Describing the sound of OM will not be particularly easy. There is one component of VDGG where they employ horns and a sometimes "jerky" song structure into the rock band approach, in an effort I imagine to keep the listener "on guard" or maybe off-balance just a little. True progressive music never wants one to get too comfortable or complacent. Several styles are present on the album. Rock of course, but also there are sections that get pretty jazzy, funky, and in one or two spots I almost detect a hint of "surf" in the guitar sound. Makes me wonder if Barbati was ever into surf music ala Dick Dale. The second component is the classic Italian progressive factor and while OM does not embrace much of the Orme/PFM smooth classicism there is still some of it present, in the passionate vocals and distinct character of the music. In the softer and quieter moments you can hear the voice and acoustic guitar in gorgeous romantic tradition. The third important component of this band is the full embrace of the over-the-top theatrical atmosphere a la Ange. In their live shows the band would employ make-up, dress, mime, and a certain mystery to get the atmosphere across. But even listening to the album without the band in front of you, you can clearly understand the reference to Ange. Everything is done big and bigger, with a gregarious attitude and larger than life, boisterous vocals. Every so often Maiozzi lets out these wails, muted screams, or maniacal laughs. The band is the same way, never just falling into their rut and coasting but seemingly always looking for a way to push your buttons with what they choose to play. Since the album is part "live" this effect is even stronger. Another view of the OM sound from Outer Music Diary states "If you ever wondered what a classic Italian herky-jerky prog band (Osanna or Cervello for example) would've sounded like mixed with Chicago or Brainchild, well now's your chance. This has all those great elements of the 70's prog rock scene in Italy: Dramatic Italian vocals, superb instrumental chops, radical changes in meter and dynamics. Somehow this great archival find is flying far under the radar, and it deserves better than that. Maybe the best archival release since Kollektiv's SWF Sessions." [portion in italics by Outer Music Diary]

Let's take a look at the various tracks: "Suite bambini innocenti" is proclaimed by Matthias Scheller's liner notes to be easily ranked as one of the 10 best tracks from Italy's '70s progressive scene. It's easy to see why. Beginning from silence comes a mysterious harmonized wordless vocal growing slowly louder and louder, evoking the traditional feeling of beautiful Italian prog. But then your cocoon of musical opium is blown apart by a sudden and jarring blast of funky, punchy brass. It stops quickly, reverting back to the peaceful vocals momentarily before Barbati lets ring these fabulous mood changing chords. All of this in the first minute, probably one of the finest first minutes of prog! The song continues a fertile mixture of the brash horns and heavier vocals with soft nylon-stringed acoustic interludes that are heavenly. Some hand percussion and flute or recorder tinge these moments also. Another sections features what sounds like a '60s cop show soundtrack before it heads for a finale of full-on bass chugging under a big electric guitar solo. What a great opener, this is what I call a home run. In the second track "Primo turno" Maiozzi is singing about "his existence as a sad human puppet." Again there are some serene and melodic early moments before the pace picks up with the horns and guitars, the vocals getting increasingly aggressive before hitting a high operatic peak. "Via non esiste" is the first of three 10-minute plus live epic tracks, noted as a critical look at consumerism. Here is where the backbone of the band really begins to shine through. The late Bruno Dionisi was an amazing drummer with a sound all his own. A very punctuated, direct drum sound and here the intuition between him and the great bass/guitar playing of Canini/Barbati respectively becomes apparent through the loads and loads of shifting jamming. The horns are often present clinging for dear life to the wild ride of the bass, guitar, and drums. The short single "Insieme al sole" is a breather in the form of a lighter ballad with horns and guitar that have a time/speed warp sound to them, not sure if this was intentional or not but it works to good effect. Notice the great crisp sound Dionisi gets on the kit during the opening moments. "Nel grattacielo delle idée" is another long live jam showing the band's prowess with the story being about the destiny of a street performer and the vocal style not unlike Christian Decamps. "Amanti di ieri" is another single and the most obvious nod to the traditional romantic Italian sound: heartfelt vocals, acoustic guitar, hand percussion, and strong nostalgic melody in the Era di Acquario vein. While a bit sweet it acts as another nice breather from the heavier live stuff. They get a really nice distinct twang on the acoustic guitar notes at just the right moment, like a "snap" it really adds to the song. At over 13 minutes in length "Il viaggio di un uomo." seems to be the band's live potpourri of explorations: tribal drumming, freak-out blasts, horns ranging in emotion from the serene to the manic, Gentle Giant style starts/stops, trippy keys, and ambitious guitar parts holding the wild beast together. While the track has some vocals this one is all about instrumental overload. The album closes with the poignant "Angelo" which is a lullaby to a firstborn child. It brings everything back to earth and puts a period on this sometimes tension-filled album. The sweeter and more sentimental tracks may be hard to swallow for listeners who want just the heavier stuff but I enjoyed hearing both sides of the band.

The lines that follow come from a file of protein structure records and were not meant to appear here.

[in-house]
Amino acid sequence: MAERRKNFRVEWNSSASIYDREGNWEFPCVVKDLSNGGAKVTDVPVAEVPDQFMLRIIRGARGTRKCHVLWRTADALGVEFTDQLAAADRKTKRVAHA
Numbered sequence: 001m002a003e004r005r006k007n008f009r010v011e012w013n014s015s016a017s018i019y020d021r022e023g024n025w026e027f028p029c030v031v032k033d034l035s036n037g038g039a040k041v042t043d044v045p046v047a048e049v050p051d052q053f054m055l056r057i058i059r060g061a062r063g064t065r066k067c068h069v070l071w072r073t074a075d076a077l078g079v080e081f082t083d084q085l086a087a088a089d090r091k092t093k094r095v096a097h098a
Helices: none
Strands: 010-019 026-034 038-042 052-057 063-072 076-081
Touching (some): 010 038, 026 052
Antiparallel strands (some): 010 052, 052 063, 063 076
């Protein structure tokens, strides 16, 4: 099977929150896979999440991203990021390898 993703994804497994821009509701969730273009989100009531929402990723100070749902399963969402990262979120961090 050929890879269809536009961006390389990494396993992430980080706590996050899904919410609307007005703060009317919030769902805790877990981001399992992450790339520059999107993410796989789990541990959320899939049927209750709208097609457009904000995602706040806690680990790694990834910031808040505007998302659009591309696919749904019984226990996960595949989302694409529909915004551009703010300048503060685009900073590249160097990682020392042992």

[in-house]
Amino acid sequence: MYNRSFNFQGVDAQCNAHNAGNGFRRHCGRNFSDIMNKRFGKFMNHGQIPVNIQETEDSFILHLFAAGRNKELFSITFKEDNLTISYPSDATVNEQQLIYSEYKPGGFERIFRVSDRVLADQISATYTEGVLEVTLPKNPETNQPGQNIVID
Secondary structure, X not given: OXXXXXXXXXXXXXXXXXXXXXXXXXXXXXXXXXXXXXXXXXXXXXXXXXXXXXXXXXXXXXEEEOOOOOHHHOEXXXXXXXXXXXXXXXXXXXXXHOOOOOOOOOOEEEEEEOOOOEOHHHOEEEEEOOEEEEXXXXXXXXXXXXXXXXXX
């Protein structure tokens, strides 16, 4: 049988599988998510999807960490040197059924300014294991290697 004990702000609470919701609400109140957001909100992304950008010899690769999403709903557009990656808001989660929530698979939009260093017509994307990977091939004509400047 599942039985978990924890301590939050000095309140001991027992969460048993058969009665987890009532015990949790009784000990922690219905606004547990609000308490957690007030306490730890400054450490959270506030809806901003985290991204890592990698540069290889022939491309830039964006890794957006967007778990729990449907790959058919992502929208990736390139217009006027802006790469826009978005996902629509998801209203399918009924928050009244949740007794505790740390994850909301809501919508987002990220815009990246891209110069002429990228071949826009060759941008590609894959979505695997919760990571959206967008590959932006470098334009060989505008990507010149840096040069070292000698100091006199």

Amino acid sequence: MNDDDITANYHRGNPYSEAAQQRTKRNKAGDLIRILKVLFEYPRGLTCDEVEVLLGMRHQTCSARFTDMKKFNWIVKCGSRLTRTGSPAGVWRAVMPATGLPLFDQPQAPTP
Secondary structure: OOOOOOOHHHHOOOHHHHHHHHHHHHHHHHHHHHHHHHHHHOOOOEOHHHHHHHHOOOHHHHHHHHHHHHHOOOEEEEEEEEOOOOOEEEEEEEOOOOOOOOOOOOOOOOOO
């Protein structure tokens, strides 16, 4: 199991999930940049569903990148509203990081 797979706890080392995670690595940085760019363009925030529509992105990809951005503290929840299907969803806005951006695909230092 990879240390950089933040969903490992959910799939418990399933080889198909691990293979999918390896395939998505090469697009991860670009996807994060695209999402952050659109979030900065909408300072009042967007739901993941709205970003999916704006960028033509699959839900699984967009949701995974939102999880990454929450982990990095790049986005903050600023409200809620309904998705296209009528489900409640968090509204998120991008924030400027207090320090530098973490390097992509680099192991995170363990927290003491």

They have done a nice job with the sound quality of the disc for the most part. Of course the younger generation used to crisp digital is going to note the 1970s sound difference but my feeling is that it should stop no one from hearing this. I believe this album is essential to any fan of Italian prog and to any fan of "adventurous" '70s prog such as Gentle Giant or VDGG. In any case, be sure to give this album plenty of time to absorb-don't dismiss it after 3 spins as "too weird". Sometime great music takes time to assimilate, having a long-view and an open mind being the best prog fan virtues. The packaging here is fantastic with a gatefold mini-lp sleeve and booklet with Bio and lots of pictures. For putting adventure and attitude above convention this is yet another example of why I listen to the Italian greats more often than the mainstream progressive rock. Within bands like OM there still lies the possibility of being surprised, of being a part of music before it was predictable. That is where real thrills lie.

Finnforest | 4/5 |